Kenyatta Gives Hint on Reopening of Schools

Testing for COVID-19 is carried out at St Teresa's Girls in Eastleigh in Nairobi.

President Uhuru Kenyatta has announced allocation of Sh6.5billion to the ministry of education as he indicated that schools will be reopening soon.

Speaking during the Seventh Presidential address on the coronavirus pandemic the eight-point economic stimulus programme on Saturday, President Kenyatta said he was aware of the anxiety weighing on the minds of parents and their children in regard to when schools will re-open.


"We will in the very near future, be communicating, what plans and programmes we have for the education sector. In that regard, we have allocated an additional budget of Sh6.5 billion to the Ministry of Education," said Mr Kenyatta.

He said the funds, will go towards recruitment of 10,000 teachers and 1,000 ICT interns to support digital learning.

"The programme will also support the improvement of school infrastructure, including acquisition of 250,000 locally fabricated desks. The aim is to get thousands of our graduates off the bench and into action while we support local artisans and builders businesses," said Mr Kenyatta.

On Friday, a taskforce on reopening of schools concluded the exercise to collect views from Kenyans and organisational institutional on schools should re-open amid different opinion from stakeholders.

Already sharp divisions have emerged among education stakeholders on when schools should reopen after closing on March 15 due to outbreak of corona virus in the country.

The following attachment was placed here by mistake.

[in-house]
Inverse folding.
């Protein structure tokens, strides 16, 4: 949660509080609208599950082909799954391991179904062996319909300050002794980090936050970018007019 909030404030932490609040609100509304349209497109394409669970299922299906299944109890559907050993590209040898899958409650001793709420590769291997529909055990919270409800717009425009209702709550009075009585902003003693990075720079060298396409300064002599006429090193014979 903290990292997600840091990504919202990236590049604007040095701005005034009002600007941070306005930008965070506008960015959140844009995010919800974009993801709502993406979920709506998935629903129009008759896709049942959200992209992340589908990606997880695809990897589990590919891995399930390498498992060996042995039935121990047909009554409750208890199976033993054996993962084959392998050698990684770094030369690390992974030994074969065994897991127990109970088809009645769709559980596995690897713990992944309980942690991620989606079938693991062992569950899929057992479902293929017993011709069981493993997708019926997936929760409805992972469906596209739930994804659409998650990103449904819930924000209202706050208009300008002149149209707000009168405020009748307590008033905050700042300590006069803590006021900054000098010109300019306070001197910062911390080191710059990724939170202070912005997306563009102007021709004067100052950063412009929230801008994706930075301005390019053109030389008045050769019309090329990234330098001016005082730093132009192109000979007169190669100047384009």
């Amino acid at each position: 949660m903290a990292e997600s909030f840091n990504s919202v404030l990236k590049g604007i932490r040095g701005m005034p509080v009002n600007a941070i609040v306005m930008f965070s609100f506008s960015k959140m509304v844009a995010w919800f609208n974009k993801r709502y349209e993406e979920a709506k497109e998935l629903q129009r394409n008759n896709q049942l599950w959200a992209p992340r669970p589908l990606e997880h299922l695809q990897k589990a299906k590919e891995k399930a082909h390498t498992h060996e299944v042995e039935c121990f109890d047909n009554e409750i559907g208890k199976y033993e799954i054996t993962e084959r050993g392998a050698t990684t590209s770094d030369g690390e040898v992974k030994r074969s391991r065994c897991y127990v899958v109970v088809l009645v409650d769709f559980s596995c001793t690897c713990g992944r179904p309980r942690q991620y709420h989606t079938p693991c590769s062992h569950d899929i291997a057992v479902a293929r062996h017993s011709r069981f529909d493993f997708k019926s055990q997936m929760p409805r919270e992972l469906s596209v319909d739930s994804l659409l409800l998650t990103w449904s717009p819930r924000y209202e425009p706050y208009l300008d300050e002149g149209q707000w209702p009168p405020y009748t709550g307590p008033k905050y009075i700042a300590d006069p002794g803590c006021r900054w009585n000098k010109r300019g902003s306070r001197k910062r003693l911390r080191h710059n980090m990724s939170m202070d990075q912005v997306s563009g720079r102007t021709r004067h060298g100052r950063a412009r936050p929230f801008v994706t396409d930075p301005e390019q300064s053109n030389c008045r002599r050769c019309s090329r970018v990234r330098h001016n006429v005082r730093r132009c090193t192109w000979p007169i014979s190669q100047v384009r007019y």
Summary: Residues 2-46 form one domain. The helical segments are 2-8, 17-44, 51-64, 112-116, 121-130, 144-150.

The taskforce on Covid-19 education response committee chaired by Dr Sara Ruto on Friday said it had received 3,000 individual and institutional submissions on re-opening of schools.

The debate comes a week after 70 students in France contracted corona virus few days after re-opening of schools while in an easing of coronavirus lockdown.

This forced their government to shut down the schools immediately in order not to put children at risk.

Kenya Union of Post Primary Education Teachers (Kuppet) is proposing partial opening of schools by June 15 for national examination candidates.

In memorandum to the committee Kuppet is proposing that students in Form Three, Class Six and Seven be admitted to schools by August.

"While these recommendations are drawn from the experiences of other countries, Ministry of Health should have the final authority on partial re-opening of learning institutions," said Kuppet Secretary-General Akelo Misori.

Kenya National Union of Teachers (Knut) wants school to reopen once the disease has been contained.


"Let them resume social programmes first before schools. Safety of students and teachers is number one and that is still not guaranteed by hurried opening," said Knut Secretary-General Wilson Sossion.

Kuppet proposed that the additional admission of students to schools will be done after thorough assessment of the one-month implementation of Covid-19 containment measures in schools and colleges.

Defending schools opening, Kuppet cited a study by United Nations Educational, Scientific and Cultural Organisation (Unesco) on prolonged closure of schools.

Kuppet said adverse consequences of school closures lead to rise in dropout rates, increased exposure to violence and exploitation, confusion and stress for teachers and poor nutrition for children, who rely on free or discounted meals provided at schools.

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